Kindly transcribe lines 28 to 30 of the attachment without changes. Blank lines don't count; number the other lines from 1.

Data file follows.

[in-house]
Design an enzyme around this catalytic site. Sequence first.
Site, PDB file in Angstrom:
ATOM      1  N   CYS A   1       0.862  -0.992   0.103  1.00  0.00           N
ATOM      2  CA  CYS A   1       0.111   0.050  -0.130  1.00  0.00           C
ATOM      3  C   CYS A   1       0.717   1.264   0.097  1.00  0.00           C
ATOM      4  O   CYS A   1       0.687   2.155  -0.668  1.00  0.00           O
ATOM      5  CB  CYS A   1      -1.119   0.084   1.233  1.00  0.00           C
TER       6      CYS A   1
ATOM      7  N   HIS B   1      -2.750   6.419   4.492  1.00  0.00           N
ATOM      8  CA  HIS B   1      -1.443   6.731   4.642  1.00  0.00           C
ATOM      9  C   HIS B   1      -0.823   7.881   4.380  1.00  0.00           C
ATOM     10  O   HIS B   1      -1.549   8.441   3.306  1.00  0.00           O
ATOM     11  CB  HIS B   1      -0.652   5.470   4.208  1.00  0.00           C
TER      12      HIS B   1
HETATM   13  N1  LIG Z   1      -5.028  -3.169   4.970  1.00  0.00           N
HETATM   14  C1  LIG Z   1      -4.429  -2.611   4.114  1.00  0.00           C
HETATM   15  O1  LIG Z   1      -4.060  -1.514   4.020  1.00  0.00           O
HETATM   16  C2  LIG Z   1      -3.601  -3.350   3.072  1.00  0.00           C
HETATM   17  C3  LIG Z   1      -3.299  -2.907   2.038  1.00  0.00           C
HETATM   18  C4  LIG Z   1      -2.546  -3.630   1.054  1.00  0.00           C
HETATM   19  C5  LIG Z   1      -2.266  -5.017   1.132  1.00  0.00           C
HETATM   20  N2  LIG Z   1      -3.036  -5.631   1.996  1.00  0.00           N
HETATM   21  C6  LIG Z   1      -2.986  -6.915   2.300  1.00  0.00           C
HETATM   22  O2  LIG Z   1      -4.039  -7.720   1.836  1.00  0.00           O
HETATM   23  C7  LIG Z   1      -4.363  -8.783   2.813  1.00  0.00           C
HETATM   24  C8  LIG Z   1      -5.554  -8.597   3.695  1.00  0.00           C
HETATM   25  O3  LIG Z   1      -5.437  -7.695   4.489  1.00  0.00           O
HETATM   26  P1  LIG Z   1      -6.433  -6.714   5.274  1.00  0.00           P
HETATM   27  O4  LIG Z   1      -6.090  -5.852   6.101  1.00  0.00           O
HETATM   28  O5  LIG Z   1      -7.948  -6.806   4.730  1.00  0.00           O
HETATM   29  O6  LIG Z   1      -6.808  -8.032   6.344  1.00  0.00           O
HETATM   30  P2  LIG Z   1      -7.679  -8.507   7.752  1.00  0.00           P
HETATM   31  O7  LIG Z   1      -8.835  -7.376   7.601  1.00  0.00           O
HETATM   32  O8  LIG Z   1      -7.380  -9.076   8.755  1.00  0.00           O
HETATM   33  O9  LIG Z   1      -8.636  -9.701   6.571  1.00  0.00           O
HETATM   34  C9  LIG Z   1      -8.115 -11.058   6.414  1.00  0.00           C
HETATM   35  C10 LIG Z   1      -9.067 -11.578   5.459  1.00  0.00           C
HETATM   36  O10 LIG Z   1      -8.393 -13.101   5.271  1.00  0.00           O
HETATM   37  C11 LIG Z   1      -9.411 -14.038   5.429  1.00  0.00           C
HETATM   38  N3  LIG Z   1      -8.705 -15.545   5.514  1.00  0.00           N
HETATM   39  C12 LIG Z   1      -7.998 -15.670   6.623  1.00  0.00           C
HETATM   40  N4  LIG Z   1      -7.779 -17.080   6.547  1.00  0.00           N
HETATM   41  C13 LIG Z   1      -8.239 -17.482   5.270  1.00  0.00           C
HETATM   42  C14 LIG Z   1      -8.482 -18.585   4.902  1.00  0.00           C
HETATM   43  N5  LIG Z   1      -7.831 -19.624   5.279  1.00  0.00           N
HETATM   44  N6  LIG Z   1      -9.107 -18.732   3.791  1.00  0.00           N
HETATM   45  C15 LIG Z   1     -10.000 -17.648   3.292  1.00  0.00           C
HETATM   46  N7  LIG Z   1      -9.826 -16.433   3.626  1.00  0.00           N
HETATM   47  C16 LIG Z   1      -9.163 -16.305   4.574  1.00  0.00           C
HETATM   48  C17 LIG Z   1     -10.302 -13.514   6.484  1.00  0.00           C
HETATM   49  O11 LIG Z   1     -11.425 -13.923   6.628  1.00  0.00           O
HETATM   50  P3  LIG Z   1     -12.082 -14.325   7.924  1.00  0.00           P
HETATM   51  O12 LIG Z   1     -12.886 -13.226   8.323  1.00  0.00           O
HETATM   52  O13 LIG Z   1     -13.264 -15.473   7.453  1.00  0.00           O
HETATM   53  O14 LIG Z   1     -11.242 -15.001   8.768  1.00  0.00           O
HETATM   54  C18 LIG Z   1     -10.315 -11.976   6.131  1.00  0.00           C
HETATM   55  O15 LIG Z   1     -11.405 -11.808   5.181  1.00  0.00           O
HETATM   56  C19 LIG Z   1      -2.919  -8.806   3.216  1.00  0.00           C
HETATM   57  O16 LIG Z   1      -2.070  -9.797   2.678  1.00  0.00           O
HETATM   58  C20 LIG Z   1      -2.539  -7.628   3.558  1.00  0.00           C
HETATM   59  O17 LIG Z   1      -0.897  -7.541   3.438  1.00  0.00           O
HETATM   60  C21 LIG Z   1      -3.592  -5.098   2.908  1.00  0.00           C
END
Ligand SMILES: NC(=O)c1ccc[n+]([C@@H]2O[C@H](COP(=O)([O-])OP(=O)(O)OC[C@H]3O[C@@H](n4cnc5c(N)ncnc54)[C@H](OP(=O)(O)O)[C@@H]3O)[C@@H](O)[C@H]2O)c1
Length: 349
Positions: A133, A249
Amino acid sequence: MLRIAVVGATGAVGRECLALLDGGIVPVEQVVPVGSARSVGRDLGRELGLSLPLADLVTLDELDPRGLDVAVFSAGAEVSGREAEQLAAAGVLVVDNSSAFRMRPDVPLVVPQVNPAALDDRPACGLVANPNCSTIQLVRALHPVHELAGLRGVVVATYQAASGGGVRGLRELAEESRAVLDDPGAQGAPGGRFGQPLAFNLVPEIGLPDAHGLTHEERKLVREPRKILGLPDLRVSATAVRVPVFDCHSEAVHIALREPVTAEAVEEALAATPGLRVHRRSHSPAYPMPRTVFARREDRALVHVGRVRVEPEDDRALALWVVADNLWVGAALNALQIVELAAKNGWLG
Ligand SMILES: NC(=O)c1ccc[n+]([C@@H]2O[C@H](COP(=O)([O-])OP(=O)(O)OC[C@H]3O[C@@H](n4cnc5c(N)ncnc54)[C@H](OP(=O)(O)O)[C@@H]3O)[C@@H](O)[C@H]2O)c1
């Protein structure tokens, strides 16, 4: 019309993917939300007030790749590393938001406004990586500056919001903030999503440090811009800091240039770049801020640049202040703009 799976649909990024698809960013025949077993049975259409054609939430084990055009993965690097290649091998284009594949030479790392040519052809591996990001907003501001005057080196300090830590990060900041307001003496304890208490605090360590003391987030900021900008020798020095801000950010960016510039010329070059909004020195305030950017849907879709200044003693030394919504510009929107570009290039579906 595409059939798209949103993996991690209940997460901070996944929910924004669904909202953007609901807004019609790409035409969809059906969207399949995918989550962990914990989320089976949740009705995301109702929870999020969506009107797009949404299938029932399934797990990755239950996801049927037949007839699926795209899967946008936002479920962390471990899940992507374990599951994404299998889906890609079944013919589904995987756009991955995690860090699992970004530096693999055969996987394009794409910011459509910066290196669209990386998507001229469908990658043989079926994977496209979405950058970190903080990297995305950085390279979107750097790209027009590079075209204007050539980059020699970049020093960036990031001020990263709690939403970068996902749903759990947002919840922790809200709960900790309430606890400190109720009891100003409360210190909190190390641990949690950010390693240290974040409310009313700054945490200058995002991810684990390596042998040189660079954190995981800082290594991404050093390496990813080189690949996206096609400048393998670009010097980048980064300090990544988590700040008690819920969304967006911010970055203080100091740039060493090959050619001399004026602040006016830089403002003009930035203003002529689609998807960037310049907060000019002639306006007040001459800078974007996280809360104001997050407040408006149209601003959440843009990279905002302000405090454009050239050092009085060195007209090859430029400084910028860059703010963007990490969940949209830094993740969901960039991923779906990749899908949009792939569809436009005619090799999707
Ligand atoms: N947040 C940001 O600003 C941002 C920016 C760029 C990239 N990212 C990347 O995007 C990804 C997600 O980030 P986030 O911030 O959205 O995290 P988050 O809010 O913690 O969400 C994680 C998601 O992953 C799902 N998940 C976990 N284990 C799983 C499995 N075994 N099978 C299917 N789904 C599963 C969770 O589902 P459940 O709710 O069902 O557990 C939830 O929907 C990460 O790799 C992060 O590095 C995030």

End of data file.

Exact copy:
HETATM   25  O3  LIG Z   1      -5.437  -7.695   4.489  1.00  0.00           O
HETATM   26  P1  LIG Z   1      -6.433  -6.714   5.274  1.00  0.00           P
HETATM   27  O4  LIG Z   1      -6.090  -5.852   6.101  1.00  0.00           O